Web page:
It’s been a busy period since new year, both for my Learning & Teaching work and for my other research interest, euroscepticism (which, as you might guess, has been of more general interest of late).
Usually, the two are rather separate, and that’s fine by me: each offers an escape from the other, giving me some work-work [sic] balance [sic]. But I’m now seeing some cross-over between the two, particularly as the British debate about the European Union moves into a more public phase.
One of my big concerns about that debate is that most people don’t know much about the EU and – just as importantly – don’t really care enough to find out. As someone who would like there to be an informed and measure discussion, that’s a concern.
At this point, I put my teaching hat on and consider how I would deal with students who neither want to be in the class (if they turn up at all), nor know anything of any apparent relevance to the subject in hand. Put like that, I can see some options.
Firstly, I’d show that they do know more than they realise. We might take the most obvious expression of the subject and talk around and out from it, pulling in concepts and knowledge from other areas to build analogies and bolster understanding.
Secondly, I’d tackle the subject in a non-conventional manner: as those who teach research methods know, sometimes it’s much easier to do that when you don’t mention the phrase ‘research methods’ at all, but just get into an applied situation and let students see how it works from the inside. Likewise, much about the EU can be handled without talking too much about ‘Europe’, or in a way that’s a bit different.
Thirdly, I’d go a long way to adapting to students’ positions and knowledge. That might mean being a long way from where we want to be, and even not always getting to where we want to be, but unless there’s a validation of students and their ideas, then a challenge to them will be less likely to work.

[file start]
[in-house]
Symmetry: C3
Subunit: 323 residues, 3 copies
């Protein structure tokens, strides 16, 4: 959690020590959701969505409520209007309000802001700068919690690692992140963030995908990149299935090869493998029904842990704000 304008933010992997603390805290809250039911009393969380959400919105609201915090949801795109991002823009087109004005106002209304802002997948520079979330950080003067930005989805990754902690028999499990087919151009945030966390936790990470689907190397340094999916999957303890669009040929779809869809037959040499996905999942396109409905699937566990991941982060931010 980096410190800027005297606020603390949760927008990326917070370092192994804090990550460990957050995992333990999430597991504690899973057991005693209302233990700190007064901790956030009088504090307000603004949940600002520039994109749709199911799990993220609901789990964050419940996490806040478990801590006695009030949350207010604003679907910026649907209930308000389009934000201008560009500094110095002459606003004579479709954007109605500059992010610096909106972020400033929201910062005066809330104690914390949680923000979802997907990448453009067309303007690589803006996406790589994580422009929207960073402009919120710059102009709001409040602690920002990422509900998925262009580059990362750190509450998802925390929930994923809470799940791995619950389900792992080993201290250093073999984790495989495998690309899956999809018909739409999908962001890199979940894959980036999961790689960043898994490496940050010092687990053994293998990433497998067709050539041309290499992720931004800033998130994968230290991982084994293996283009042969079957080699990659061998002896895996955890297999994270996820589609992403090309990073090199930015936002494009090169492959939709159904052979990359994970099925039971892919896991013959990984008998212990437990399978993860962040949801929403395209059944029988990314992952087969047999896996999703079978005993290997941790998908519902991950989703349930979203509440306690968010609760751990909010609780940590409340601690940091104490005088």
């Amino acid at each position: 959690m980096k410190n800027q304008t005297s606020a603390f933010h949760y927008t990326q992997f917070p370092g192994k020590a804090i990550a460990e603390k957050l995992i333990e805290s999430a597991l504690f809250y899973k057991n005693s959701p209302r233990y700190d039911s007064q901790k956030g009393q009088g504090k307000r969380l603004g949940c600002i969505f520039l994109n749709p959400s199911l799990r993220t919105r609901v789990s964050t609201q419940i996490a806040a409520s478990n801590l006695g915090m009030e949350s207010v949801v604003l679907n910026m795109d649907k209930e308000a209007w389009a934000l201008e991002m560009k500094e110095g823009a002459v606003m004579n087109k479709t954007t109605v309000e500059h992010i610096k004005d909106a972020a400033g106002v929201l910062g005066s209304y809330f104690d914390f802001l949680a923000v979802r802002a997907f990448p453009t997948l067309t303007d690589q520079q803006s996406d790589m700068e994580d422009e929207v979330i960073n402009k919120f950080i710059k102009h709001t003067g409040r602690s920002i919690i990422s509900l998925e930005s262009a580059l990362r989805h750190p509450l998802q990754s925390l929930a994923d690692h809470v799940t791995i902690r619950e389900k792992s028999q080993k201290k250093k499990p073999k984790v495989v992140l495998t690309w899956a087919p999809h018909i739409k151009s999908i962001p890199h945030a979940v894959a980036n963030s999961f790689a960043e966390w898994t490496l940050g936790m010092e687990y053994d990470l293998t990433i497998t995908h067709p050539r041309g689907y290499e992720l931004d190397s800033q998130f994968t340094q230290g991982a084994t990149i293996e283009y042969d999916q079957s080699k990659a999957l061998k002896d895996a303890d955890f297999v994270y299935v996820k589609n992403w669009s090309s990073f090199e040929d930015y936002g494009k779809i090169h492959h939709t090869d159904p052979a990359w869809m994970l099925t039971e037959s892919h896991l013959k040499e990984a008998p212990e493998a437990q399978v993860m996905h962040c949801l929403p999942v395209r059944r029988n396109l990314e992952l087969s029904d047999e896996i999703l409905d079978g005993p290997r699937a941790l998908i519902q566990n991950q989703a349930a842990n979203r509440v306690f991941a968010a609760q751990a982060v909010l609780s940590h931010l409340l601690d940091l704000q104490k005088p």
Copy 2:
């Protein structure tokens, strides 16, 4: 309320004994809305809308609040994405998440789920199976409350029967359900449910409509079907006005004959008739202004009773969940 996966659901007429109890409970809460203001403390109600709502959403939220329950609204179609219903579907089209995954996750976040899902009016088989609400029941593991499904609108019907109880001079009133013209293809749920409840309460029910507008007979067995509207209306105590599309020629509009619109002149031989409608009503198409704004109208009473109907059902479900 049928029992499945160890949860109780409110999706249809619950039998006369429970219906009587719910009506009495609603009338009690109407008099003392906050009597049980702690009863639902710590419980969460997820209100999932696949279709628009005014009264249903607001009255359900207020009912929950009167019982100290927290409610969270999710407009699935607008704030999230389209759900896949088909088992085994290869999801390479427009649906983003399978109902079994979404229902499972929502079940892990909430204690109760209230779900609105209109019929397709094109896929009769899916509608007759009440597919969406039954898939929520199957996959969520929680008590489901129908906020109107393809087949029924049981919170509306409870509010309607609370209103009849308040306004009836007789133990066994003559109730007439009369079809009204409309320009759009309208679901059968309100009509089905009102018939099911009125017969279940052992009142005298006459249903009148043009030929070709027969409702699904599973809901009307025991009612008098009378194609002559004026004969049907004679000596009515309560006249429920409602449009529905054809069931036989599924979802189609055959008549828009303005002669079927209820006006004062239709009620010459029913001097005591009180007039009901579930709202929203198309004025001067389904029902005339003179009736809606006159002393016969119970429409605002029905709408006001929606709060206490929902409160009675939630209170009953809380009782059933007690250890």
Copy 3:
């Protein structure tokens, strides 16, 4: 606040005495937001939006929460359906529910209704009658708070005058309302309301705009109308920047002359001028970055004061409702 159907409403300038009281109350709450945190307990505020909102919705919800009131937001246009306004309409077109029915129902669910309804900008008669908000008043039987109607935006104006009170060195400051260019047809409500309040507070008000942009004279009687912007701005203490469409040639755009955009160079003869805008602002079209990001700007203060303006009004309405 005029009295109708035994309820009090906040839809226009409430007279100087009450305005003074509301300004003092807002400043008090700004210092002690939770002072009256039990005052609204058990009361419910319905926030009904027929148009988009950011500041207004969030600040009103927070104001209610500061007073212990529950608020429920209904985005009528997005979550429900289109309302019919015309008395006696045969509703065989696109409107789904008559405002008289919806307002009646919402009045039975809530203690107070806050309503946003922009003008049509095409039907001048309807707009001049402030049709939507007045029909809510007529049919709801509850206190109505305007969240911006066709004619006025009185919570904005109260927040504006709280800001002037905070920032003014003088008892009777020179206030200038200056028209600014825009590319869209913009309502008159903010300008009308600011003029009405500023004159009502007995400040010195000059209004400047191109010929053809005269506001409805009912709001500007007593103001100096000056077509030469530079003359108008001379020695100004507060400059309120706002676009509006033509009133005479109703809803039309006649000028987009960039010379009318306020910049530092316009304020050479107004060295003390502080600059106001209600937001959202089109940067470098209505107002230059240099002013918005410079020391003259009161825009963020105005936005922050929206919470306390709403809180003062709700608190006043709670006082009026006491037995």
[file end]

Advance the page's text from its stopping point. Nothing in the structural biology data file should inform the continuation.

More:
Finally, I’d recognise that it would be a long process and one that had lots of scope for failure. But all teaching’s like that: if it wasn’t, then everyone would know everything.
So as I continue to engage with this subject, I’m going to try to remember the things that I already know, because if I can’t use my transferable skills transferably, then why should expect my students to do the same?
One Reply to “Teaching those that won’t be taught”
Showing them that they know more than they realize really is essential. Sometimes what we do is just help our students figure out how to organize the onslaught of information thrown at them–help them categorize it and see how different pieces relate to each other. Another important thing to do is to to help them see how these kinds of issues–which seem far away or abstract–relate to their daily lives, by giving them a sense of how X (whether X is the EU, government in general, or international events) has had an impact on their life in the last day or week or year. I often start my classes with a question along those lines and it really shakes the RHINOs into paying attention sometimes.
The rest of the time, I should just use photos of Kim Kardashian’s assets. Maybe with a photo of Chris Hemsworth for good measure.
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